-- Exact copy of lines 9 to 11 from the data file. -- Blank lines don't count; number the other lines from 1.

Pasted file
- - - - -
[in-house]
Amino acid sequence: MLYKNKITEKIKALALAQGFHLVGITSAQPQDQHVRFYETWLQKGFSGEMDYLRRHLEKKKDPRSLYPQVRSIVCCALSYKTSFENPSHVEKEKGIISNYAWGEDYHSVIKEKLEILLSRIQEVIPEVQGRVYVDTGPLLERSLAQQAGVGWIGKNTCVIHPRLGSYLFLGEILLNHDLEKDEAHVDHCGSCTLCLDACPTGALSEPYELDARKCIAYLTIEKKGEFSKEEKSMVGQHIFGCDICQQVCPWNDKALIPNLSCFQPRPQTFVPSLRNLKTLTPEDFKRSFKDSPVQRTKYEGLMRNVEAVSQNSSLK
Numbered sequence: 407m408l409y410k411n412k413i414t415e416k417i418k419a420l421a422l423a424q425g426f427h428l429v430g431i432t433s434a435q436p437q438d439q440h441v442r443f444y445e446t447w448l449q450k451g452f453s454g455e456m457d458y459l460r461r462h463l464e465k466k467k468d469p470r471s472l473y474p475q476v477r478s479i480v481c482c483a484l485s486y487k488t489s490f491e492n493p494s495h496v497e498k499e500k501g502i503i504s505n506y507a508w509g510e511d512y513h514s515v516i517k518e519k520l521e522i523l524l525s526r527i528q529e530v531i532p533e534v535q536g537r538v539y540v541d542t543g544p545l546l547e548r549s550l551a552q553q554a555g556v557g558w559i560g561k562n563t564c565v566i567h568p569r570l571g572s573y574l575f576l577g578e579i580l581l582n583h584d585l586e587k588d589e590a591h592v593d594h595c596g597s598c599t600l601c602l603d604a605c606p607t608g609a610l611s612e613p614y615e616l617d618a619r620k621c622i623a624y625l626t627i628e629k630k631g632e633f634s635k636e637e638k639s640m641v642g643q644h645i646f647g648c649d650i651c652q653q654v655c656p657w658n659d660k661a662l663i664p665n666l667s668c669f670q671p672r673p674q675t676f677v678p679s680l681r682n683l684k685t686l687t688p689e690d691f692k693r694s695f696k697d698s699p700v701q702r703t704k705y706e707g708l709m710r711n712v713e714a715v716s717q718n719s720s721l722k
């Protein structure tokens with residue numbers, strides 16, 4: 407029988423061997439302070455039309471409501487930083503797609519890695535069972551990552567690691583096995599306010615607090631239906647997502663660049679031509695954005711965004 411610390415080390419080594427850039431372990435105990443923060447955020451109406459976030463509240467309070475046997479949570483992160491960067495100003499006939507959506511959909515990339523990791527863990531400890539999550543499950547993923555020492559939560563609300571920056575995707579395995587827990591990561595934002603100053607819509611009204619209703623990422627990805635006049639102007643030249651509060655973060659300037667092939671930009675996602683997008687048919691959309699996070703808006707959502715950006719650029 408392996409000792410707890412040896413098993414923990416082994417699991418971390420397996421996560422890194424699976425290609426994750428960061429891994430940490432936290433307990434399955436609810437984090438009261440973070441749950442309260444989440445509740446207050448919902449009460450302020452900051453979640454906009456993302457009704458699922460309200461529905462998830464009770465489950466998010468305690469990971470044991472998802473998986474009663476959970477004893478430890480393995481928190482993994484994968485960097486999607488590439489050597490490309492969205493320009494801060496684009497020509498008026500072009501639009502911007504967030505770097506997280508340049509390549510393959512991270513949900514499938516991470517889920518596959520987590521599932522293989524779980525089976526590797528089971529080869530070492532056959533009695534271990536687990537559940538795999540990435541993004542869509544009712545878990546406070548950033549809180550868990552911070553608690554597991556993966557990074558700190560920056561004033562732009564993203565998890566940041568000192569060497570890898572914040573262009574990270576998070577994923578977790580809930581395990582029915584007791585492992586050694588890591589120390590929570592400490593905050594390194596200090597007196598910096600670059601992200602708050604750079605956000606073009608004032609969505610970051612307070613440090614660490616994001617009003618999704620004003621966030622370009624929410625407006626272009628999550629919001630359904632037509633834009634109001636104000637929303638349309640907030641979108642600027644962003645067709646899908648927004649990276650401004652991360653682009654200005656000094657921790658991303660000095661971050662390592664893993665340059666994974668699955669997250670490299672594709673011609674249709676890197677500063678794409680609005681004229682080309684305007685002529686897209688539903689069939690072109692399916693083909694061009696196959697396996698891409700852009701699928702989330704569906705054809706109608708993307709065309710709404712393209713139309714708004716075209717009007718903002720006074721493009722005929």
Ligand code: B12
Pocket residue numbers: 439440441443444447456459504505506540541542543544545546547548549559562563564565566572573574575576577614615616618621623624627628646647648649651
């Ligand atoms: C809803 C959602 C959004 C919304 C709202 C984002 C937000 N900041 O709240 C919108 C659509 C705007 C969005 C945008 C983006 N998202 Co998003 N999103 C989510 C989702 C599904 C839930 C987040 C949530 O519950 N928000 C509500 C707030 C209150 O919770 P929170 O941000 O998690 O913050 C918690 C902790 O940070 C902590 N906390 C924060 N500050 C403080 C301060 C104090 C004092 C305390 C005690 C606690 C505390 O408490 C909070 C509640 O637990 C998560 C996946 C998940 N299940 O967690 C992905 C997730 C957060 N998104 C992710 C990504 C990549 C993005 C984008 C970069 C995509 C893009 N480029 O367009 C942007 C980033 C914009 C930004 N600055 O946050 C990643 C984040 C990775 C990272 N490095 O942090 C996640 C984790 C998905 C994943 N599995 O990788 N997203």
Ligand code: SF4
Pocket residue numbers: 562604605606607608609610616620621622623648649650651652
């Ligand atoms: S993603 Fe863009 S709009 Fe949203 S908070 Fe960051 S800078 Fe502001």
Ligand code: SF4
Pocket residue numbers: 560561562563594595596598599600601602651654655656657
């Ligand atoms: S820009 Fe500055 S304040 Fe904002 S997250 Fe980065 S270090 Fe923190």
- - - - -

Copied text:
Pocket residue numbers: 562604605606607608609610616620621622623648649650651652
């Ligand atoms: S993603 Fe863009 S709009 Fe949203 S908070 Fe960051 S800078 Fe502001």
Ligand code: SF4